1. Foreclosure Prevention Strategies –

GFCAC is one of the foremost groups doing foreclosure prevention work. From helping with mortgage modifications, to holding blockades and rallies, GFCAC has been instrumental in this work in Massachusetts. In fact, these efforts led to the City agreeing to work with community groups to implement a pilot foreclosure intercession program in Four Corners, which has led to eleven homes being taken off the foreclosure market.

  1. Healthy & Green Standards –

GFCAC, working with other members of the Boston Urban Asthma Coalition, established healthy standards for residential housing, some of which were adopted by the Department of Neighborhood Development. In fact, the first homes developed under these guidelines were in Codman Square and Four Corners, built by the Codman Square Neighborhood Development Corporation. GFCAC eventually added green standards and extended the criteria to all buildings in Four Corners. GFCAC convened a meeting of community organizations across Boston to adopt minimum healthy and green guidelines so developers wouldn’t be able to pit one neighborhood against another. GFCAC also, as a member of Clean Busses for Boston (CBB), successfully got the MBTA to retrofit all of their existing fleet with more environmentally efficient filters and agree that their new purchases would be Compressed Natural Gas vehicles. Bus route number 23 was the first route where all the busses were the more environmentally friendly versions. CBB also got agreements to have all the public school busses retrofitted.

  1. Neighborhood Development –

GFCAC conducted two comprehensive plans of development for the Four Corners area, the first being ratified in 1998 and the second in 2014. The resulting plans have serve as a blueprint for development in the community. In both cases, the plans have received the full support of the City. GFCAC conducts the community process for most of the development in Four Corners and has overseen the development and renovation for over 300 units, the vast majority of which are affordable.

  1. Leadership Development –

GFCAC created seven neighborhood associations and several standing and ad-hoc committees such as the Planning/Zoning Action Committee (PZAC) and Four Corners Greenway Committee and have used these venues as a way to identify and develop new leadership. Most of our Board has come through this network. We also have provided trainings for the neighborhood associations and members of the PZAC.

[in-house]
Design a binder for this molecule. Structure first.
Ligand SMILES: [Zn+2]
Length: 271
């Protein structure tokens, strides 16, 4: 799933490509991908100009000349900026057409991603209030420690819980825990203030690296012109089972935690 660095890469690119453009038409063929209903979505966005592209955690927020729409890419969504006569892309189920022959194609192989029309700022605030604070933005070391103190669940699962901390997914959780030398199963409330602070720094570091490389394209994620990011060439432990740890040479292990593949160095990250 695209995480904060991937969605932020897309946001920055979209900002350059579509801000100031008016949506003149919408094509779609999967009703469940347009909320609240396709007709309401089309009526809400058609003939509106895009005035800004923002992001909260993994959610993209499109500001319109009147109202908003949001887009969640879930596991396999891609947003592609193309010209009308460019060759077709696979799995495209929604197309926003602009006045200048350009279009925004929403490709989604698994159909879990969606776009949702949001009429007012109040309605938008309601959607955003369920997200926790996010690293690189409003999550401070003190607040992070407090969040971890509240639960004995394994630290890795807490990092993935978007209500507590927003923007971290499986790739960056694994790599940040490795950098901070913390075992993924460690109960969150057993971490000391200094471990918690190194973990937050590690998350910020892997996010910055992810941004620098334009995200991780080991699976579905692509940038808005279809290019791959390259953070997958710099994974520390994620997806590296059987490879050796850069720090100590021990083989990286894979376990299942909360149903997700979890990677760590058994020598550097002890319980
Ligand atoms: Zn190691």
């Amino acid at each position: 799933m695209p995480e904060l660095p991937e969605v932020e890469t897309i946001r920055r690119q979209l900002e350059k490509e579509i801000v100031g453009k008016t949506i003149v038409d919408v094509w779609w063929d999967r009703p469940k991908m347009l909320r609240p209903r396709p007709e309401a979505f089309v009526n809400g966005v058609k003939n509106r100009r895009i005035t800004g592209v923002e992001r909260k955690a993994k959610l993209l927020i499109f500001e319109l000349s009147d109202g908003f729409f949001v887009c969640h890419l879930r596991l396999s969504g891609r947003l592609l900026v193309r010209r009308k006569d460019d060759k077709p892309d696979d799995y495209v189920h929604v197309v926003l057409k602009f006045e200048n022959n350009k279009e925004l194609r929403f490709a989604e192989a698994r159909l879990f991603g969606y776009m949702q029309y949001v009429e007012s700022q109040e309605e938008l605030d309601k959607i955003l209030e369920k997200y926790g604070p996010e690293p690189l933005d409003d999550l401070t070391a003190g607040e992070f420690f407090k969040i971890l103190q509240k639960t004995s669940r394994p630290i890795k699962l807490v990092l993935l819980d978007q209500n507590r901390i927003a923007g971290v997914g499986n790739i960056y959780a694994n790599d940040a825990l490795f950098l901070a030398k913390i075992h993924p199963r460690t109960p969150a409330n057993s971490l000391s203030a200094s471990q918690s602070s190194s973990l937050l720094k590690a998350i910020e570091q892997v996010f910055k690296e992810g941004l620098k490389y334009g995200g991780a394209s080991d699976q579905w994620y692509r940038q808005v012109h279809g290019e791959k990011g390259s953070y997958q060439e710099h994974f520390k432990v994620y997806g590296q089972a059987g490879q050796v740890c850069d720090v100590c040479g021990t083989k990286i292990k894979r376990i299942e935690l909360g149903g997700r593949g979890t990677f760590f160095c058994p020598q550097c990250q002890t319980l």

1. Youth Initiatives -

We discovered that area youth did not interact with youth from other parts of the neighborhood; in fact, they would not attend programs in other parts of the neighborhood. We felt that by bringing together all the youth providers in Four Corners, the young people could interact with each other in a positive setting thereby eradicating the turf issues that have plagued this neighborhood for so long, creating gangs like the Morse Street Gang, the Four Corners Pirates, and the One Love Posse. So, we started a youth collaborative. The youth targeted are in the age range of 11-23. All of these youth are at risk in some way or another. They all face similar challenges whether it’s growing up in low income families, attending sub-par schools or just overall having limited resources and outlets for growth.

We are not a service provider so mostly we coordinate efforts. However, three of our own initiatives have been our Mediation Trainings, Girl’s Retreats and the Teen Conferences. In each case the initiatives presented us an opportunity to train youth as community leaders. We graduated eight peer mediators, who went on to train others. We have had close to fifty young ladies at our retreats and for some it has been a life transformative moment. We have had over 100 youth attend our conferences.

If you have any questions, or would like additional information about us, please feel free to contact us.